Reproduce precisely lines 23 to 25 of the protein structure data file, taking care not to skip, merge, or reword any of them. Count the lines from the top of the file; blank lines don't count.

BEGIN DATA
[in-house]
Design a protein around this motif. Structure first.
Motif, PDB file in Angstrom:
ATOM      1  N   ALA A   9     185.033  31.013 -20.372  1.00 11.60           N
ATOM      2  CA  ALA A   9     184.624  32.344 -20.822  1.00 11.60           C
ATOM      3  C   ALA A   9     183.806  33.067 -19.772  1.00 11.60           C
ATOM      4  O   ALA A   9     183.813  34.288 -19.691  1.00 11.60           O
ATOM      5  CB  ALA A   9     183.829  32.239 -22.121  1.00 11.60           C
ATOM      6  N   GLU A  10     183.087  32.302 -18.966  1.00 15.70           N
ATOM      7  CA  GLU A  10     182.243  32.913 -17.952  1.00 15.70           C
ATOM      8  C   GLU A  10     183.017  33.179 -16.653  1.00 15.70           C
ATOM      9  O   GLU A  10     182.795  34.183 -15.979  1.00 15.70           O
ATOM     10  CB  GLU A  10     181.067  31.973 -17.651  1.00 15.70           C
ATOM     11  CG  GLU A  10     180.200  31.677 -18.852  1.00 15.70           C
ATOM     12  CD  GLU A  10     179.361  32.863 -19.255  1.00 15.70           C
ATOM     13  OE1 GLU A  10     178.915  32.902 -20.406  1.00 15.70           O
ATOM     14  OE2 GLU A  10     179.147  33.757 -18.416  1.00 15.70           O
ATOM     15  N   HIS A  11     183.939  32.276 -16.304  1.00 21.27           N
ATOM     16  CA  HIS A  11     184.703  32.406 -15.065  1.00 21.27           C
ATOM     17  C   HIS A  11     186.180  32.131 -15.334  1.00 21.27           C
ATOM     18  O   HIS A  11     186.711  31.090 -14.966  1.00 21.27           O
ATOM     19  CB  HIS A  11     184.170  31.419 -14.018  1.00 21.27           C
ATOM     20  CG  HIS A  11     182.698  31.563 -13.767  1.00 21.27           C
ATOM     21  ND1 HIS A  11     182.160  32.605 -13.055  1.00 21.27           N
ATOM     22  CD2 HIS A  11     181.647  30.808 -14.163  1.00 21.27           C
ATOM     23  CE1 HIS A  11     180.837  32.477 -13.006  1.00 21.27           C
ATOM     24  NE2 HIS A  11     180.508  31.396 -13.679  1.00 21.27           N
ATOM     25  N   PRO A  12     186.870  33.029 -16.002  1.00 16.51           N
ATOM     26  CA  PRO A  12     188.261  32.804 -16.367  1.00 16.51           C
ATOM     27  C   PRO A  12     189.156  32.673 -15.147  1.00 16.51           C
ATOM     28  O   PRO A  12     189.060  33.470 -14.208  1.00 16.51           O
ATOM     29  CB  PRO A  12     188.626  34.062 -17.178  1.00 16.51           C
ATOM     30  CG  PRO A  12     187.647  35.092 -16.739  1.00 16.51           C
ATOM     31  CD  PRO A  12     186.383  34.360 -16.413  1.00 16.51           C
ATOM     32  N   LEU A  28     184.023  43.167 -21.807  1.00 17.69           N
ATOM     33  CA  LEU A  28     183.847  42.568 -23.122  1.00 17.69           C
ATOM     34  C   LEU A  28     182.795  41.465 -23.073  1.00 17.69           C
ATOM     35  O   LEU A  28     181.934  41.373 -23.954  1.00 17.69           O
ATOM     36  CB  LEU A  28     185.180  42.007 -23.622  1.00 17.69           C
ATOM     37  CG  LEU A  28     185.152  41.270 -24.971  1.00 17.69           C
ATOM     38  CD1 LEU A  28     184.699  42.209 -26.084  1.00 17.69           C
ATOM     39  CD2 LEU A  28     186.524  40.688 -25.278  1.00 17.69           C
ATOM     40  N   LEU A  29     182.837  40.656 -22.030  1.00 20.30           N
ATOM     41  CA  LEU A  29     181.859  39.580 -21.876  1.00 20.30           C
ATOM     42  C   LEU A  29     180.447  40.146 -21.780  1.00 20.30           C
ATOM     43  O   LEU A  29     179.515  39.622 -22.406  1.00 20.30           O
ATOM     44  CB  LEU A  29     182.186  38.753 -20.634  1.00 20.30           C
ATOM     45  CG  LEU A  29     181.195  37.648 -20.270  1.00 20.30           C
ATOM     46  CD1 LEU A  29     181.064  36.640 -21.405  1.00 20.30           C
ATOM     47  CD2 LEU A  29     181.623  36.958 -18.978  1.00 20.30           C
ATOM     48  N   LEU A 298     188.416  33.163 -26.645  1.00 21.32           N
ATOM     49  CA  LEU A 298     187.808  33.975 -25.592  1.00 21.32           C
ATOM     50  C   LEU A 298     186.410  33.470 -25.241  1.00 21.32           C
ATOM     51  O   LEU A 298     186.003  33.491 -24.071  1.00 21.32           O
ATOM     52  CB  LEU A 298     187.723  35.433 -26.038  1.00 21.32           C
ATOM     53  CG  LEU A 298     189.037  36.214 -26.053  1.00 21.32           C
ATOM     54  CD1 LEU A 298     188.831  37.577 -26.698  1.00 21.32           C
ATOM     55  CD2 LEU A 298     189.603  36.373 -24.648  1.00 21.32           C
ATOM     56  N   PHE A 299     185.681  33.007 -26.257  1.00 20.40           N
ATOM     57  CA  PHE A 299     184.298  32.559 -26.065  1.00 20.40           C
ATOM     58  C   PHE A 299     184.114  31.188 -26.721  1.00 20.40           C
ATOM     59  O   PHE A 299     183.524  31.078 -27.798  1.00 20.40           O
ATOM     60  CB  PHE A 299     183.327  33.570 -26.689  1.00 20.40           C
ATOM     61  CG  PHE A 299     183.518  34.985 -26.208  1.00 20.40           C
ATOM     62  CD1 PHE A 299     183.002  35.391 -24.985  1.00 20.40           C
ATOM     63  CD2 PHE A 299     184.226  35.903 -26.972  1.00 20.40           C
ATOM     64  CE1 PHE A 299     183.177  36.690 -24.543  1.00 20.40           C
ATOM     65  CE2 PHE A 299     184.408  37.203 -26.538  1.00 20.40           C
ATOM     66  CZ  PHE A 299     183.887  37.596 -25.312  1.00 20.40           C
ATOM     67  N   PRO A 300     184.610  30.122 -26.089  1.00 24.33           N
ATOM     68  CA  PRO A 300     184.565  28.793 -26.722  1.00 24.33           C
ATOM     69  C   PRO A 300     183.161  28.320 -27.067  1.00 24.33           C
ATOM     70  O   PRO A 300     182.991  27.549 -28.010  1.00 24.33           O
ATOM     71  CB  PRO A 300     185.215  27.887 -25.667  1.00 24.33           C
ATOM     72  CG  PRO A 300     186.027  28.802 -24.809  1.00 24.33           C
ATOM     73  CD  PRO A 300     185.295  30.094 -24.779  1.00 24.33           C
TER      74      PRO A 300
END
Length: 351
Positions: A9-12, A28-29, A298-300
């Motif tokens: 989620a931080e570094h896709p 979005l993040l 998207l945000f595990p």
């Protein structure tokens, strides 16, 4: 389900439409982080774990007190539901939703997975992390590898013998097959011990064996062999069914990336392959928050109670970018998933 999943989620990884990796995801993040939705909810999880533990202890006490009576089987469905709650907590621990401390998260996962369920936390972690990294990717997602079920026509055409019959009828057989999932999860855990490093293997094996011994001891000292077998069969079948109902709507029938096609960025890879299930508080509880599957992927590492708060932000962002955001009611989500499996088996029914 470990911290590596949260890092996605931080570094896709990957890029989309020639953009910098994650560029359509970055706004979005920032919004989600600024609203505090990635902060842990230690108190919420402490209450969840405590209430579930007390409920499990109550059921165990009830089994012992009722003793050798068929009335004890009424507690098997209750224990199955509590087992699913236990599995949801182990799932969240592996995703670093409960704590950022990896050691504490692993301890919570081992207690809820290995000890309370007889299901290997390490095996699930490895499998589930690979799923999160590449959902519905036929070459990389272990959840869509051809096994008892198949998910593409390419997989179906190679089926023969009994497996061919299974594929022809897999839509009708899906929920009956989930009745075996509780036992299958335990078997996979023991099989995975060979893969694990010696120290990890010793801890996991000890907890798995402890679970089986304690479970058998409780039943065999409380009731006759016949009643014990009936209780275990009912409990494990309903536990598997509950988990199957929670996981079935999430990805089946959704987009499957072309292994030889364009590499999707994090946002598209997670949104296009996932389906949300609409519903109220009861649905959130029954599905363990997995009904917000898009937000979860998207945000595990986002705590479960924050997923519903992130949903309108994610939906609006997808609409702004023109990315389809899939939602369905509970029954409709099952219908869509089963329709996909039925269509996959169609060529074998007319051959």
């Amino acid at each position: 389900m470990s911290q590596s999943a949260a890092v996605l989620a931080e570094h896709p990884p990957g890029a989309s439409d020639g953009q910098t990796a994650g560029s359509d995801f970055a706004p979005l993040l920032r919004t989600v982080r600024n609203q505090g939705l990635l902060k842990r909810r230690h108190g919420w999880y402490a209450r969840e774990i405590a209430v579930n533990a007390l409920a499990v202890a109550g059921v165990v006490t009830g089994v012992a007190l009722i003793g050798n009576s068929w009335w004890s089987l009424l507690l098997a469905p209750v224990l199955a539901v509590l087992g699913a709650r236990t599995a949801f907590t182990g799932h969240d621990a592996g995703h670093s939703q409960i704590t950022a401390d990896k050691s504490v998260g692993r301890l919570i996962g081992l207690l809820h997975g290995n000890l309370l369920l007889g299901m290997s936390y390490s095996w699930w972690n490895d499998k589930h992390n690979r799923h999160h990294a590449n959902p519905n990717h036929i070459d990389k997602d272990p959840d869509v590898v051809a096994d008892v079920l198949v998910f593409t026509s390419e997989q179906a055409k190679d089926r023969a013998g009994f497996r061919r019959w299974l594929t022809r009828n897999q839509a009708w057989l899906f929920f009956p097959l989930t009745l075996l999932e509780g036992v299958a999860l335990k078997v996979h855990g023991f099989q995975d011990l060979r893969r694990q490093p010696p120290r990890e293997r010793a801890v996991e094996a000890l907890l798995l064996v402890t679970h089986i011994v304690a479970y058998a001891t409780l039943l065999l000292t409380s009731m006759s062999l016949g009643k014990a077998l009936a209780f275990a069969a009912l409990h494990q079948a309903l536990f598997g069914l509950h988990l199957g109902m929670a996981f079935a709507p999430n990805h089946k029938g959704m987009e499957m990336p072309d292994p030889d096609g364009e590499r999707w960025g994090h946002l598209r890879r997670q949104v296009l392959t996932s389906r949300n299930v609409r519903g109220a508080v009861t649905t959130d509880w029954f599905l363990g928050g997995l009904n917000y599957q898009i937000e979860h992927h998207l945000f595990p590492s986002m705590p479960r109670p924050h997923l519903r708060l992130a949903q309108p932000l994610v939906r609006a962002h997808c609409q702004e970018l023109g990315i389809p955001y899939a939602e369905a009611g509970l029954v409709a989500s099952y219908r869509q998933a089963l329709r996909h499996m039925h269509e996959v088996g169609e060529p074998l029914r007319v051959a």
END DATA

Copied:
ATOM     20  CG  HIS A  11     182.698  31.563 -13.767  1.00 21.27           C
ATOM     21  ND1 HIS A  11     182.160  32.605 -13.055  1.00 21.27           N
ATOM     22  CD2 HIS A  11     181.647  30.808 -14.163  1.00 21.27           C